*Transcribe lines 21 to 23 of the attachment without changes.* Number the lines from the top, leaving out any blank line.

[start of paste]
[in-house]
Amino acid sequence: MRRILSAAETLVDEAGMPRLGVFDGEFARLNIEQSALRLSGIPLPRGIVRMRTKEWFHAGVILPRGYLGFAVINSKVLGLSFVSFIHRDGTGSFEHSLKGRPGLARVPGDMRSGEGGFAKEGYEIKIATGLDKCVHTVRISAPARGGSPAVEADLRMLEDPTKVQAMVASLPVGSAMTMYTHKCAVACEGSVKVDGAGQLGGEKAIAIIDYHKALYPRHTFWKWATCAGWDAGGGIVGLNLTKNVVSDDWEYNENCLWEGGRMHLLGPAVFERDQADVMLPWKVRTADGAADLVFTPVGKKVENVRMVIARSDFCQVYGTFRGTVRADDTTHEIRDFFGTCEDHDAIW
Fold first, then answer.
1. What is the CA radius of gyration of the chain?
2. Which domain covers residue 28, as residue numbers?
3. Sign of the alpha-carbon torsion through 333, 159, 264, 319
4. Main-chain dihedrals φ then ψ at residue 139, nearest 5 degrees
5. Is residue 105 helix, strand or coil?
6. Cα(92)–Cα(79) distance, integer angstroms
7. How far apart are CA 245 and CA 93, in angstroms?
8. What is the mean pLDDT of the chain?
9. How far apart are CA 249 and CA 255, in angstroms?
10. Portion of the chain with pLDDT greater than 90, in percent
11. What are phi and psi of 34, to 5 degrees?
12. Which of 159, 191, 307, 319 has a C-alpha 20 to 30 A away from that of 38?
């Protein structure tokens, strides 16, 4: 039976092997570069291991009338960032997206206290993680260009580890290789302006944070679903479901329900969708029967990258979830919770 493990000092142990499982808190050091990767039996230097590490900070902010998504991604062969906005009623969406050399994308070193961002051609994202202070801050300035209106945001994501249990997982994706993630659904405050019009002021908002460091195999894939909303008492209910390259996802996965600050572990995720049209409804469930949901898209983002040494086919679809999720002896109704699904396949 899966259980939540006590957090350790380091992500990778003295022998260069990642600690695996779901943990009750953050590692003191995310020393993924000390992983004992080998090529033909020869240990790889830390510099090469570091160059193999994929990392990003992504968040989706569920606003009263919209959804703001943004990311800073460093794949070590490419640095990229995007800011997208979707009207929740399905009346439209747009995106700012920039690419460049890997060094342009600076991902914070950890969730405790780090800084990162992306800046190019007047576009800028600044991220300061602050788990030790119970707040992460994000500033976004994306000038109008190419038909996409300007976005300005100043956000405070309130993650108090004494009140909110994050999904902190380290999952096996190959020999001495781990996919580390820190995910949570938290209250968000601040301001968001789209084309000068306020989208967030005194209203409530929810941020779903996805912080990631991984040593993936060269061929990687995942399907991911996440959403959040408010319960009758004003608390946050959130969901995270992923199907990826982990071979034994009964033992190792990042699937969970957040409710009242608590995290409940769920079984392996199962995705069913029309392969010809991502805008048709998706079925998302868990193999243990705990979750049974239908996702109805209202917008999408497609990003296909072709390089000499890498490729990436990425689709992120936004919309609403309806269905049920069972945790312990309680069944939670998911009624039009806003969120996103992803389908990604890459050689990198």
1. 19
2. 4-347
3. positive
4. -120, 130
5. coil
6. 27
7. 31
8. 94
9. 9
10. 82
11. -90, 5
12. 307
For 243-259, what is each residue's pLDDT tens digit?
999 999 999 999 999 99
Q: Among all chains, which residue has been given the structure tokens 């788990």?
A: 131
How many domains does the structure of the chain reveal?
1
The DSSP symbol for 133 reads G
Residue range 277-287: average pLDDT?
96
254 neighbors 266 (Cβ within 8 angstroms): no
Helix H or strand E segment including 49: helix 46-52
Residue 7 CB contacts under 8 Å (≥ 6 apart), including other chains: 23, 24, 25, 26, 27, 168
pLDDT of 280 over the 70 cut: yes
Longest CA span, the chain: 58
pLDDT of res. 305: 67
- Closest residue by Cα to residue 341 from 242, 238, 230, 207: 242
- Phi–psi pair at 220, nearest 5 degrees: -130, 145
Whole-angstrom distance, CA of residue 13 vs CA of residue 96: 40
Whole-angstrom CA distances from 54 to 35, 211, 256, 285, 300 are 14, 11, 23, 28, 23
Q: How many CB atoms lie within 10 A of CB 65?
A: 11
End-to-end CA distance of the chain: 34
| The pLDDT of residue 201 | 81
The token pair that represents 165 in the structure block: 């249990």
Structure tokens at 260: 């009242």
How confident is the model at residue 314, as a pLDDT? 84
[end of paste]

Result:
5. coil
6. 27
7. 31